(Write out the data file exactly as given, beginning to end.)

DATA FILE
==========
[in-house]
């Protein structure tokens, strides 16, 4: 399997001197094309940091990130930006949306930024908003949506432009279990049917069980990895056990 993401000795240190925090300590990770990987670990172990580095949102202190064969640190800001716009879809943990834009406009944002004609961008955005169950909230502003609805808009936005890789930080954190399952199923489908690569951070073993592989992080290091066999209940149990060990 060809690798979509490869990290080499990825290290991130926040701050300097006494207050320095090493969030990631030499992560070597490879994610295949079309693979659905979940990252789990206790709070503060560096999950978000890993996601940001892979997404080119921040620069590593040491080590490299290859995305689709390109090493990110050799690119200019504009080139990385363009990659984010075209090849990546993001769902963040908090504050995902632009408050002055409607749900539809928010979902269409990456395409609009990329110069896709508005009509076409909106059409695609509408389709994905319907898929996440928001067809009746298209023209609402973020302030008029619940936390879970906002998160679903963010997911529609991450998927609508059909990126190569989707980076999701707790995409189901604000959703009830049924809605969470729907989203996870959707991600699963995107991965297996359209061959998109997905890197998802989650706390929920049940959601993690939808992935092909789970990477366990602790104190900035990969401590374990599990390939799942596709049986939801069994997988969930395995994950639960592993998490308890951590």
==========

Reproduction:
[in-house]
């Protein structure tokens, strides 16, 4: 399997001197094309940091990130930006949306930024908003949506432009279990049917069980990895056990 993401000795240190925090300590990770990987670990172990580095949102202190064969640190800001716009879809943990834009406009944002004609961008955005169950909230502003609805808009936005890789930080954190399952199923489908690569951070073993592989992080290091066999209940149990060990 060809690798979509490869990290080499990825290290991130926040701050300097006494207050320095090493969030990631030499992560070597490879994610295949079309693979659905979940990252789990206790709070503060560096999950978000890993996601940001892979997404080119921040620069590593040491080590490299290859995305689709390109090493990110050799690119200019504009080139990385363009990659984010075209090849990546993001769902963040908090504050995902632009408050002055409607749900539809928010979902269409990456395409609009990329110069896709508005009509076409909106059409695609509408389709994905319907898929996440928001067809009746298209023209609402973020302030008029619940936390879970906002998160679903963010997911529609991450998927609508059909990126190569989707980076999701707790995409189901604000959703009830049924809605969470729907989203996870959707991600699963995107991965297996359209061959998109997905890197998802989650706390929920049940959601993690939808992935092909789970990477366990602790104190900035990969401590374990599990390939799942596709049986939801069994997988969930395995994950639960592993998490308890951590």